All of a baby's senses are wide open, and their earliest experiences lay the foundations for the baby's ongoing development. Babies are affected by every impression, including sleep and diet.
Taste and smell
Did you know that your baby can recognise the flavour of something you ate while pregnant in the breast milk when feeding?
From the moment they are born, babies can sense smells. Given a little time, they can actually seek out the nipple and its life-giving milk using their sense of smell. Babies seem to quickly learn to recognise their parents' smell.
Try letting your baby sleep on a jumper that has your scent. (Bulky, loose clothing and similar items must not be left in baby's bed while he or she is sleeping due to the risk of suffocation or sudden infant death syndrome).
The sense of touch develops early. Your baby notices the slightest nuance in how you pick up and hold them. Stroke their soft skin and hold them skin-against-skin as often as possible. This offers various benefits for babies: they are better able to stay warm and suckle, are calmer and their blood sugar is more stable.
Your baby's sense of hearing works from the moment they are born, but continues to develop for a few more weeks. Babies prefer gentle voices, which is possibly why we automatically speak a little more gently when snuggling with a baby.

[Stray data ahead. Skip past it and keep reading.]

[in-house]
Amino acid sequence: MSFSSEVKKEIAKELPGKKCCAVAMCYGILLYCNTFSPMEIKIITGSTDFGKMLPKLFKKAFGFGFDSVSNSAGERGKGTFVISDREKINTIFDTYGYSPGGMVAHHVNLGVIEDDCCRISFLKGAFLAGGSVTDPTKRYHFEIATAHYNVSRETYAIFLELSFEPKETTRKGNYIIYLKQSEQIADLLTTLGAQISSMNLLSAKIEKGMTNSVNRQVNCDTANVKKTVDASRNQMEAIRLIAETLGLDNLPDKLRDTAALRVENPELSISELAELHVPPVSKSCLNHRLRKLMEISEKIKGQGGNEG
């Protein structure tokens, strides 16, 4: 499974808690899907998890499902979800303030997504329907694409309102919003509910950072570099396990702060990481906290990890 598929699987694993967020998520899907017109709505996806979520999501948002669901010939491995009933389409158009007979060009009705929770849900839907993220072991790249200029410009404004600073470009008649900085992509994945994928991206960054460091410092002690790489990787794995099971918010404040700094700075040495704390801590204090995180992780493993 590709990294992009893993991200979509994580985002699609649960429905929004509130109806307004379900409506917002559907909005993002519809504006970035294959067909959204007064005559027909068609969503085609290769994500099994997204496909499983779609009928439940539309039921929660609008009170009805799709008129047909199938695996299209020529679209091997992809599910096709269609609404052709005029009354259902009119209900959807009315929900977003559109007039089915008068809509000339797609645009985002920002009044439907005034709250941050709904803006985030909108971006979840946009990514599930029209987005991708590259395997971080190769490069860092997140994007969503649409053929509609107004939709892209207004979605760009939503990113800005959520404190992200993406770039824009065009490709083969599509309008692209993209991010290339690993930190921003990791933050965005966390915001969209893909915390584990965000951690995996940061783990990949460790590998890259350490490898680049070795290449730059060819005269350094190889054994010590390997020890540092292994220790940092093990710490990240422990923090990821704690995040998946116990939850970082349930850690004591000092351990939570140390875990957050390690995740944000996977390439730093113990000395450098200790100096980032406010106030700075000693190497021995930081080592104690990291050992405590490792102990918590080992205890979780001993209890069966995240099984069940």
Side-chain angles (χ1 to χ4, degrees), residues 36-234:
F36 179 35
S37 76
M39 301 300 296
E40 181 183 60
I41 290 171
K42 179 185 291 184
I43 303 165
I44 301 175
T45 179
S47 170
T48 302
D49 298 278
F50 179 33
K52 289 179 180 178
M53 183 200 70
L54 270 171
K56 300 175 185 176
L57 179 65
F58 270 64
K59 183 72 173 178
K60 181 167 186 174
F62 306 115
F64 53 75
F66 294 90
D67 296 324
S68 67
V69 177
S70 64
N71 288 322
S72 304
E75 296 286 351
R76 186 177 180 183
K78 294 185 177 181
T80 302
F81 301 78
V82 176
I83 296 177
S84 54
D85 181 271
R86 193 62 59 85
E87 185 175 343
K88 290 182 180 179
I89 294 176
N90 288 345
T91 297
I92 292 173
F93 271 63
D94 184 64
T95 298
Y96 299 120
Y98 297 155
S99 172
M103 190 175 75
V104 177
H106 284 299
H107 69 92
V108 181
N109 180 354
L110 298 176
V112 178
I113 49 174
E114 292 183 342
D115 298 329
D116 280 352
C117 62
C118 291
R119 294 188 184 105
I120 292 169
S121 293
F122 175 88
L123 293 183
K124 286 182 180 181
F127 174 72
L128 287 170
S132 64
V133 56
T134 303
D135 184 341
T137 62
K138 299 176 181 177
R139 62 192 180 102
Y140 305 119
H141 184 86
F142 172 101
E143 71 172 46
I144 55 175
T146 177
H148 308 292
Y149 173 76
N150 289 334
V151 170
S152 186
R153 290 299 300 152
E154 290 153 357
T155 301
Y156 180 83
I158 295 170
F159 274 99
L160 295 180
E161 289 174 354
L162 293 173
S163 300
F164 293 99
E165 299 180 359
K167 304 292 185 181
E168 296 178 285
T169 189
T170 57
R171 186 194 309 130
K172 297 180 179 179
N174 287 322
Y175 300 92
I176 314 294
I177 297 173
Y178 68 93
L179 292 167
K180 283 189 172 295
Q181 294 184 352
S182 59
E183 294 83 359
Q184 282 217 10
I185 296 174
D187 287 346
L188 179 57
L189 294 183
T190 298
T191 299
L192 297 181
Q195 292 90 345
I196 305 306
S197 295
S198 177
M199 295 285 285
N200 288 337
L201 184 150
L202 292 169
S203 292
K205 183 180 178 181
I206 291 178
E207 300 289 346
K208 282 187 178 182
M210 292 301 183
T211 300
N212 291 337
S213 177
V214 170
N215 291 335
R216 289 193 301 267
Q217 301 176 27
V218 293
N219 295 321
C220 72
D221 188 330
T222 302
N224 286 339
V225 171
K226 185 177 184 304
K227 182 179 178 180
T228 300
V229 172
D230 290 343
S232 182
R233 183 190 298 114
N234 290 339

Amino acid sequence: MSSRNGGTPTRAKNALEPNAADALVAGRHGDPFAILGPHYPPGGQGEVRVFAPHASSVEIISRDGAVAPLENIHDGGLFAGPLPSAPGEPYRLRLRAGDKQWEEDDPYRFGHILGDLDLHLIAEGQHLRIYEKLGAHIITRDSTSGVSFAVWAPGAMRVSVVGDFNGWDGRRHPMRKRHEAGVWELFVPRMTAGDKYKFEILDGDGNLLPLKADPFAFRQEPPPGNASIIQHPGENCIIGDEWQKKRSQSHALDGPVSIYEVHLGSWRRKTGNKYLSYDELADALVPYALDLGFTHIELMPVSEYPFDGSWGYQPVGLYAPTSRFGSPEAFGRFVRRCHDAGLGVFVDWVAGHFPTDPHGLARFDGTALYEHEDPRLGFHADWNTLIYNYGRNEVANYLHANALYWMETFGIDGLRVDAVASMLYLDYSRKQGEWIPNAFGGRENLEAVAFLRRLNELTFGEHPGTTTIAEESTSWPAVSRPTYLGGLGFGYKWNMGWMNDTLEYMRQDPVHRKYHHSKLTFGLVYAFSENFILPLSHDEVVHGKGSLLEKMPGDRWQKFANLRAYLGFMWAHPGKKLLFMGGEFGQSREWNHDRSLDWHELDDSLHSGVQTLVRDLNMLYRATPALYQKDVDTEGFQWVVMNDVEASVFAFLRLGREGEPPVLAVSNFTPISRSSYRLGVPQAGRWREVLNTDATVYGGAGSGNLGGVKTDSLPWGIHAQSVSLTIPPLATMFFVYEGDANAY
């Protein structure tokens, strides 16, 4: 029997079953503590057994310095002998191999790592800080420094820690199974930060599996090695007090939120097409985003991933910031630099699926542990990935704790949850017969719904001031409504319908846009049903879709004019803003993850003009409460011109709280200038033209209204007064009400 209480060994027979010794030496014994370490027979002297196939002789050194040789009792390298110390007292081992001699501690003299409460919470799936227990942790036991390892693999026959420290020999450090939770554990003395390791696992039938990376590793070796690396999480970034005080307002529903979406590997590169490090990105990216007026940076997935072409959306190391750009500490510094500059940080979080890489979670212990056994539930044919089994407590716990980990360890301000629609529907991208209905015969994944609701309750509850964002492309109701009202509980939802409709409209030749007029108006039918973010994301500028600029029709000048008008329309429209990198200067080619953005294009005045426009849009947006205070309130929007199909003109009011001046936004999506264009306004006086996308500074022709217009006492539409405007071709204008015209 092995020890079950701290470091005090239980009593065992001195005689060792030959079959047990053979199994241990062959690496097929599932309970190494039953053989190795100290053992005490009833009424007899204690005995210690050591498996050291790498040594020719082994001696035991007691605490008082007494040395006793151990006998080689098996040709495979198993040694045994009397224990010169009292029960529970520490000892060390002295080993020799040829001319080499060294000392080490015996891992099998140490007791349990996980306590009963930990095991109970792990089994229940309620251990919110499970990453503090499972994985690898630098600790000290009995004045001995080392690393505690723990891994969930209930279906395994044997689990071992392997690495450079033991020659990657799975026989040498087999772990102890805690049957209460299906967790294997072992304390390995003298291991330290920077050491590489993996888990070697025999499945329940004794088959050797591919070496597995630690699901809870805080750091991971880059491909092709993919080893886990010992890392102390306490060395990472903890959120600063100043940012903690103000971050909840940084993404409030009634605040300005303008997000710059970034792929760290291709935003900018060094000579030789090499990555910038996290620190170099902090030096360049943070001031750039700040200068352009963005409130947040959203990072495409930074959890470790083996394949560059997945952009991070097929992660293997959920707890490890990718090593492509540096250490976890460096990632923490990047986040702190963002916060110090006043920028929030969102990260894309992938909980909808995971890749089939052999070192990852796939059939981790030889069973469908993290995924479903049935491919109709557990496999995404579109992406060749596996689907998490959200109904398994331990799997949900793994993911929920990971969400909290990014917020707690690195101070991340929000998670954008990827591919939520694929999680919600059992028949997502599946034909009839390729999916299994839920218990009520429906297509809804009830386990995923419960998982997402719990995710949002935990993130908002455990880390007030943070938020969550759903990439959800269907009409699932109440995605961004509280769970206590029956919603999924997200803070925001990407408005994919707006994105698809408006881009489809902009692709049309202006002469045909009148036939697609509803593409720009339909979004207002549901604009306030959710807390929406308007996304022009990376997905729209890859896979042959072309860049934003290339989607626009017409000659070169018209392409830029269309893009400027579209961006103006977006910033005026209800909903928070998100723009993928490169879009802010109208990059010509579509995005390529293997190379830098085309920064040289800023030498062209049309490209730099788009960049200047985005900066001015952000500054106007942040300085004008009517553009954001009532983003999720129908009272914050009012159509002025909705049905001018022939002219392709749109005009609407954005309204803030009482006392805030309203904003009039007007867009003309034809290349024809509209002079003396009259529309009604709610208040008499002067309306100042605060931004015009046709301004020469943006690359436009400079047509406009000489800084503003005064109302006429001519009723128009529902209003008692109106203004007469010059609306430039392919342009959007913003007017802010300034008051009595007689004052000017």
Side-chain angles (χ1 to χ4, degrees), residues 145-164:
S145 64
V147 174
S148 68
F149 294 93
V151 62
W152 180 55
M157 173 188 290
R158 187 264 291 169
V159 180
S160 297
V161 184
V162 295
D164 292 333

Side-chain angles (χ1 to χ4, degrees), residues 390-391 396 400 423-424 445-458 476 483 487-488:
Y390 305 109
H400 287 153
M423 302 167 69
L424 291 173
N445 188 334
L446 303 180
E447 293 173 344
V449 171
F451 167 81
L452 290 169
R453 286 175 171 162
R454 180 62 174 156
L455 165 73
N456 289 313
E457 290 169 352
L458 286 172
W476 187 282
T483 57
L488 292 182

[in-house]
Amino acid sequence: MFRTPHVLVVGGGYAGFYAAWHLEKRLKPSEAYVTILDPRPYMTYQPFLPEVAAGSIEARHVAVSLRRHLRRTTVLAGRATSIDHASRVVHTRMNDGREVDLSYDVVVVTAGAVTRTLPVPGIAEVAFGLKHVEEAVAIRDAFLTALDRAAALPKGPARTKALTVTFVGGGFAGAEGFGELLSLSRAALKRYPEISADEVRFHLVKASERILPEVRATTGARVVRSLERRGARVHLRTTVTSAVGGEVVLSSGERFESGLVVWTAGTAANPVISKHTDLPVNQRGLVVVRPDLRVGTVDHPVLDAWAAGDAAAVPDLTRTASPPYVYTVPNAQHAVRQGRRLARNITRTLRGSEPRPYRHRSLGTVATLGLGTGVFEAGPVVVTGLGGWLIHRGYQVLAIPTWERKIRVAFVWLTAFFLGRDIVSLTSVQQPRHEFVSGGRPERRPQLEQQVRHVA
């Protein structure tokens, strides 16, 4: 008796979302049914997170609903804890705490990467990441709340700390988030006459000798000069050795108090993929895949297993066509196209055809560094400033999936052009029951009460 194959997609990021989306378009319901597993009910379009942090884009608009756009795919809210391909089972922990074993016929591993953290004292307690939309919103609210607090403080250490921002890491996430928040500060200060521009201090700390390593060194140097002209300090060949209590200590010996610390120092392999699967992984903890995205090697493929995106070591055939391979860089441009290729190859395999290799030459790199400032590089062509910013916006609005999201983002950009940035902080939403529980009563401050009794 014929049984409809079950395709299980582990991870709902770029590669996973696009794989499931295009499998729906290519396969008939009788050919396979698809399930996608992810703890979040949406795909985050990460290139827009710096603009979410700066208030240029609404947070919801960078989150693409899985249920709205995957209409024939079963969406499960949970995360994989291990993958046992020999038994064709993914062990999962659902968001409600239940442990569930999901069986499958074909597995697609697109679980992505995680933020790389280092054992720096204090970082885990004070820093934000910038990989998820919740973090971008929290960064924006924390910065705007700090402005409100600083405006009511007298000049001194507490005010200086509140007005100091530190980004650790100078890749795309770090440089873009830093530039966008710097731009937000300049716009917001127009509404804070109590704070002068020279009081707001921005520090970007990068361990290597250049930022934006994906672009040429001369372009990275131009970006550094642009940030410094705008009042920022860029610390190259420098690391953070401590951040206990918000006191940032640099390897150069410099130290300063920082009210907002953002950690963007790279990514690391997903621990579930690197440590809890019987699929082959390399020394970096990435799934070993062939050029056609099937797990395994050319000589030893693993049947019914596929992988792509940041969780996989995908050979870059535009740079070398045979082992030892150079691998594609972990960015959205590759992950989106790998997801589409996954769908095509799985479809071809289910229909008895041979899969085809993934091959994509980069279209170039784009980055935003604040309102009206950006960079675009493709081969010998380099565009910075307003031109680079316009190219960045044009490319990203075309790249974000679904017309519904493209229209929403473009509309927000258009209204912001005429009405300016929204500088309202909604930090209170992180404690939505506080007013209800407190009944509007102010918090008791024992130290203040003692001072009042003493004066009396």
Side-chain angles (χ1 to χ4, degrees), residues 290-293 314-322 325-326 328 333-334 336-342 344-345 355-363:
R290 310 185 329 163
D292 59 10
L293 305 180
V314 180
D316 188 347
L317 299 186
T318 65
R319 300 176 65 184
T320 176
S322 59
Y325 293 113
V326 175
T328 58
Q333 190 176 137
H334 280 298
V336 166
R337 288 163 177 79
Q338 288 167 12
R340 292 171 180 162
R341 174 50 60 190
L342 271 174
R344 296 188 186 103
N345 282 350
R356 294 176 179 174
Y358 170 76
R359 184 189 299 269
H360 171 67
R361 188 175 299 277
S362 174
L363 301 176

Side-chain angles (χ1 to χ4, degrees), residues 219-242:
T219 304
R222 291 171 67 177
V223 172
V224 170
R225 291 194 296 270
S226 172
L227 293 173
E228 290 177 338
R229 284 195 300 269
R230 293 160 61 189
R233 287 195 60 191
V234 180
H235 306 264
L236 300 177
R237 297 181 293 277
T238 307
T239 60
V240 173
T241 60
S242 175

We have difficulty understanding sounds that we never heard as babies, because they weren't in our parents' vocabularies. This may explain why it can be so hard to learn certain sounds in a foreign language later in life.
Talk to your child a lot. Your baby loves your voice, and hearing it makes them happy! Chat about what you're doing as you change a nappy, sing a well-known song, make interesting noises... You'll never find a more observant, curious listener.
New-born babies can sense light, colours and facial expressions. But they are still long-sighted and their vision is slightly blurred. At this point your baby most clearly at a distance of 20 centimetres – which is about how far away your face is when baby is in your lap. Isn't it amazing how well these things are worked out!
After a couple of days, babies can usually look deep into your eyes. A process of growing trust hopefully begins now: the start of a secure bond.
If you see a smile on your newborn baby's face, it is probably an infantile reflex. Only after several weeks can your baby smile in response to eye contact – what is known as social smiling. After another few weeks, babies can start to smile independently as soon as they see you, their other parent or a sibling.
During the first few weeks, your baby can look at you and mimic your facial expressions. This ability disappears at 1-2 months, but comes back again after about six months.
Try making an exaggerated face, or stick out your tongue while looking at your baby. They may do the same back! The reaction is often slightly delayed, since baby hasn't yet had much practice in communicating.